After having some voice strain and fatigue problems last year, I’ve been very blessed to get a voice amplification system, FrontRow’s Juno System. Like most amplification systems, there’s a microphone, transmitter, receiver, and speaker.
The brilliance of the Juno system is that the mic and transmitter are all on one pendant, while the speaker and receiver are enclosed in a single tower. Overall, it’s been a downright joy to use, and I can’t imagine going back to teaching unamplified! This review will go over some of the pros and cons of the Juno, and why I think it’s a worthy investment, especially for large spaces like a school library.
Disclaimer: I did not make any money from this review, and I received no compensation for writing it. There are also no affiliate links in this post. See Disclosures & Disclaimers for more information.
- There is *never* any squealing feedback. I mean never. The suppression technology on this thing is SWEET, and if I walk too close I can actually hear it try to squeal, then abruptly stop. Like most teachers, I’m constantly moving around my library, which is a challenge for most systems. I’ve used a cheaper system with terrible results, too. Imagine feedback squeals 2-3 times per lesson, and you’ll understand how disruptive that is to the learning process. I spend more time thinking about my instruction now that I don’t have to worry about being interrupted by an ear-jarring squeal.
- The microphone is a light, wireless pendant that hangs around my neck and doesn’t interfere with my clothes or jewelry, even necklaces. I don’t have to plan my wardrobe around it like I did with my previous clip-on belt transmitter/wired mic set. Yes, it looks like I’m about to get “beamed up” to a Star Trek episode, which I joke about when others ask about it. Showing my geeky side is a hardly something I worry about.
- There are very few wires to set up, which means no installation costs. The average tech-savvy teacher can figure out where the cords go, and they will all look familiar.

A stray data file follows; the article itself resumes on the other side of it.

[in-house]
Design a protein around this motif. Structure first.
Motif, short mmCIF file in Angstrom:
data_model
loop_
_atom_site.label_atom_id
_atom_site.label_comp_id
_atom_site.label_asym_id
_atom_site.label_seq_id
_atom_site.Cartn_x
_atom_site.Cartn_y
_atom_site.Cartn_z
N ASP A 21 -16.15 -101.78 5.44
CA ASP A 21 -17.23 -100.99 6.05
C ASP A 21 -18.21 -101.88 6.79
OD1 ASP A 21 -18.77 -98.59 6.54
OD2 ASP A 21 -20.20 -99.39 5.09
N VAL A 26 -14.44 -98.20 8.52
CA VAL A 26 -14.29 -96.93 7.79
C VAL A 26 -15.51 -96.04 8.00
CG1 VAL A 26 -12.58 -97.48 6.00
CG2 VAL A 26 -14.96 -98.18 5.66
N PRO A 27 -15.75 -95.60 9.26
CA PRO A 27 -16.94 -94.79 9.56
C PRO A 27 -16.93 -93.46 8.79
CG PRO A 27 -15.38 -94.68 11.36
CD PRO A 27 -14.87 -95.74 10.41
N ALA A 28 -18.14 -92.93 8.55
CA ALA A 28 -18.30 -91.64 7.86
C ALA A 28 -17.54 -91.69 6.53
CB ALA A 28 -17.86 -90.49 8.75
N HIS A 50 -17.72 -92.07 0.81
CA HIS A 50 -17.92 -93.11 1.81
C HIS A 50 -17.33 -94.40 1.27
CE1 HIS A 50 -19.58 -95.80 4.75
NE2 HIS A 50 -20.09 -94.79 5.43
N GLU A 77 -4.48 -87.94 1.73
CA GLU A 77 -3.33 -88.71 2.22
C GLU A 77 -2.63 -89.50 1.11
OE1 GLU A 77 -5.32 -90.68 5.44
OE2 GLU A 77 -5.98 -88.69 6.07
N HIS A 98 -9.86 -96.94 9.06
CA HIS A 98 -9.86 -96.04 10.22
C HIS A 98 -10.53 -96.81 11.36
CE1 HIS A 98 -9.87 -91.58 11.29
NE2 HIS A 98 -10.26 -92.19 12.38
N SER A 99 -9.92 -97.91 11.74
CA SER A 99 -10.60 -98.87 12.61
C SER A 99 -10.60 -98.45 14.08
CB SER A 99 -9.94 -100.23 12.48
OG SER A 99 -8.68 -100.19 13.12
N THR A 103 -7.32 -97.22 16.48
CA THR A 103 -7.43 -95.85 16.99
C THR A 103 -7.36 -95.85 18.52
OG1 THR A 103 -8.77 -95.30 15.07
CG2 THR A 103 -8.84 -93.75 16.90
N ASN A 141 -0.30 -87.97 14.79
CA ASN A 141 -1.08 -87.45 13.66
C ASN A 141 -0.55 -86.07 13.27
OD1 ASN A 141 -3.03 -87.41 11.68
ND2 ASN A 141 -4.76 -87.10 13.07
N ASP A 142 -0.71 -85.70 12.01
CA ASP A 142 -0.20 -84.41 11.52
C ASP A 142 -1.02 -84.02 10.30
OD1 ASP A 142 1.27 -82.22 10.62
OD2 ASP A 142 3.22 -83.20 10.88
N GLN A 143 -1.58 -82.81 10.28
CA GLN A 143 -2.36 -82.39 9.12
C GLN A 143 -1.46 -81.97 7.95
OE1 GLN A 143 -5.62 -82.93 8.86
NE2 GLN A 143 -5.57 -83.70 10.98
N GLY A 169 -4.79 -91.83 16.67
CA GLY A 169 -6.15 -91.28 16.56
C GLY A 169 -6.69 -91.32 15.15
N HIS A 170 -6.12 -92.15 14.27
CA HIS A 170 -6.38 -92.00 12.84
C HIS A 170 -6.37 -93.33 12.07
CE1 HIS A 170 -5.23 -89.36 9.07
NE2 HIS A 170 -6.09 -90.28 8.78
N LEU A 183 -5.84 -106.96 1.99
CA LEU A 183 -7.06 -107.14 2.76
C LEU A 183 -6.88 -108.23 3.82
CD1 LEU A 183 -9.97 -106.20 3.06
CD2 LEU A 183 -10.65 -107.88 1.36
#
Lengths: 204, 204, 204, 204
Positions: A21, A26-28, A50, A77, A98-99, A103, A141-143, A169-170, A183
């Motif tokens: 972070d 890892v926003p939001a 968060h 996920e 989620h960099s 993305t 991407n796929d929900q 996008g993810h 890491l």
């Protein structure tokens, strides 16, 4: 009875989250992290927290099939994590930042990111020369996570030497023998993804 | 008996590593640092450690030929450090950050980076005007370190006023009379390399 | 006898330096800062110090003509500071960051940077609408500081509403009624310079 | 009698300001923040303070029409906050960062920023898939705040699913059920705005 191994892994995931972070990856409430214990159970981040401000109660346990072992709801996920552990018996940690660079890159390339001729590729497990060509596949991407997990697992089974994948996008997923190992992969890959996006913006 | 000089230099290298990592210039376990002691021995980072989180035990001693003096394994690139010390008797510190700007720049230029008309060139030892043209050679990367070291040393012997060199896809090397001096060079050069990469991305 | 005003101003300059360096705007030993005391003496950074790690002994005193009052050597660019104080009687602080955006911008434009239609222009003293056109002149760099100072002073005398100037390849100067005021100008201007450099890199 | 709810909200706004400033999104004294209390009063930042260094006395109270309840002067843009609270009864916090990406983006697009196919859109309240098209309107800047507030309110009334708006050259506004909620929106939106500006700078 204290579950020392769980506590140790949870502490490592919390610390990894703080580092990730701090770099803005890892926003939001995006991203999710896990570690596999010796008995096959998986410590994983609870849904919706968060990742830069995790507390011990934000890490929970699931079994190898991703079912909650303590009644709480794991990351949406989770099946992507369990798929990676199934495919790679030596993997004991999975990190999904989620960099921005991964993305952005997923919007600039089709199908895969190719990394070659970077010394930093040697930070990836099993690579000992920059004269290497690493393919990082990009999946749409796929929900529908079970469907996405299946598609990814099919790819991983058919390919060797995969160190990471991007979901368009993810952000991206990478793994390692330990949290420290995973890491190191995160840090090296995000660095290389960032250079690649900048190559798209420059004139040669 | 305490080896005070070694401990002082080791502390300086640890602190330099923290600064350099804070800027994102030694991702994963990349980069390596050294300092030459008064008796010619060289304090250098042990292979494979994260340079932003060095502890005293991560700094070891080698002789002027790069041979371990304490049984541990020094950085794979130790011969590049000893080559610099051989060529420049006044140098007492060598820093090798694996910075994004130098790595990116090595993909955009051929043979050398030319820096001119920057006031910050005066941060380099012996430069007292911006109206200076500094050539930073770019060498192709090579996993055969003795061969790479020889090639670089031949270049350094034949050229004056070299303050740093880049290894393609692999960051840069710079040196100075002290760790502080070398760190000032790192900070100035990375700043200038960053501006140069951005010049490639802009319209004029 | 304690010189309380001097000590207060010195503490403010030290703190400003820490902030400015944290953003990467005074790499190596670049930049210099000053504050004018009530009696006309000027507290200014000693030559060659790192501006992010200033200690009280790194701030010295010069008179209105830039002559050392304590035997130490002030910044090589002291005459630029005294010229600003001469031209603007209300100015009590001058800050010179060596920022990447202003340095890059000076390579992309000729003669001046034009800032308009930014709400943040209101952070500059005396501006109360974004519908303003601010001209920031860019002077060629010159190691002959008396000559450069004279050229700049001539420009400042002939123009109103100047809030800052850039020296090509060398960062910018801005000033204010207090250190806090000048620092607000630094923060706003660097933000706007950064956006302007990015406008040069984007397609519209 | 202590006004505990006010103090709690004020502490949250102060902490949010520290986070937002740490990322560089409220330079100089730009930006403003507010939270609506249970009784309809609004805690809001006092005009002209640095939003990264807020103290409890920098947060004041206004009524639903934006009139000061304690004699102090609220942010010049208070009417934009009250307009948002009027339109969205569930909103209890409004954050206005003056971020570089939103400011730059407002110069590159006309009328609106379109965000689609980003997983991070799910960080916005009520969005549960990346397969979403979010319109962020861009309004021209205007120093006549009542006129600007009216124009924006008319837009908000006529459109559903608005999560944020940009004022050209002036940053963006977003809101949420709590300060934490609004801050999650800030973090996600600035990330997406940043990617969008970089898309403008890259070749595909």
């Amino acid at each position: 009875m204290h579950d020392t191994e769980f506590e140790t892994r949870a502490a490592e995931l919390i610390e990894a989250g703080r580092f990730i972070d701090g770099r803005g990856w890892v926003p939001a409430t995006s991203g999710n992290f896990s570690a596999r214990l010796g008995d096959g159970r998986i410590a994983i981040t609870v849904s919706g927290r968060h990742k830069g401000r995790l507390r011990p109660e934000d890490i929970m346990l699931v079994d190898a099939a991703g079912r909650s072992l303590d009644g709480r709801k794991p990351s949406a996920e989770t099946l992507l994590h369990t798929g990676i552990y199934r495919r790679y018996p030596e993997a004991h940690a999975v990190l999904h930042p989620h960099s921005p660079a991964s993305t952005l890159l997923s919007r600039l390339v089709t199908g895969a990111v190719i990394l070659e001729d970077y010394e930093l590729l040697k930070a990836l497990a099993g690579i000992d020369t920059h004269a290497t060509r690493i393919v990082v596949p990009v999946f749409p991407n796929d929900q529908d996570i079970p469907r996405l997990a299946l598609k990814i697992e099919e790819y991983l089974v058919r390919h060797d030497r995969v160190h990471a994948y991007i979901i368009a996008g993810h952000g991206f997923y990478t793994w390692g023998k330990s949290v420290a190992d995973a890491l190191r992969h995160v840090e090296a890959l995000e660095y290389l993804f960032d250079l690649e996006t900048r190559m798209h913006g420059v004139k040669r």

- Screencasting to “flip” your classroom or library can be included. Yes, there are other free screencasting and lesson capture tools out there. The optional Juno Lesson Capture program will record your computer screen and your voice for you, just like many of the free tools. What sets it apart is that when you’re done speaking, it can automatically save to a specified file. I haven’t used this feature to completely “flip” the library yet, but it sure makes screencasting more seamless!
- It simultaneously works to amplify computer sound, mp3 sound, and even FM transmitters. Though it requires a few more cords to set up when the system arrives, the directions and FAQ’s are very clear.
- I’ll admit that it’s pricey. VERY pricey. From all the acoustical research I read and the limited reviews that weren’t directly promotional, I found that this is probably one of the most expensive systems on the market. Mine cost about $750 for the tower, pendant, and mic charger, and that included a 50% “My First FrontRow” discount because no one else in my district had gotten a FrontRow product before.
- The voice commands could be more responsive and better attuned to a natural voice. Google Voice Search has me used to effective voice recognition, and it’s frustrating when it doesn’t work as smoothly as my smartphone does.
It may not be easy to convince your district administrators that it’s worth the investment, but if you have documented vocal strain, the Juno system is definitely worth a try. Ask your parent organization for help, offer to use your supplies budget (if you’re lucky enough to have one), enter FrontRow’s contests, ask about discounts, or write a grant. Without your voice, you can’t teach effectively…so if you really feel it will help your voice, do whatever you can to get the funding.
I hope this review was helpful to anyone who is researching an amplification system in your school. If you’d like more information about how to take care of your voice, check out the University of Iowa’s Voice Academy.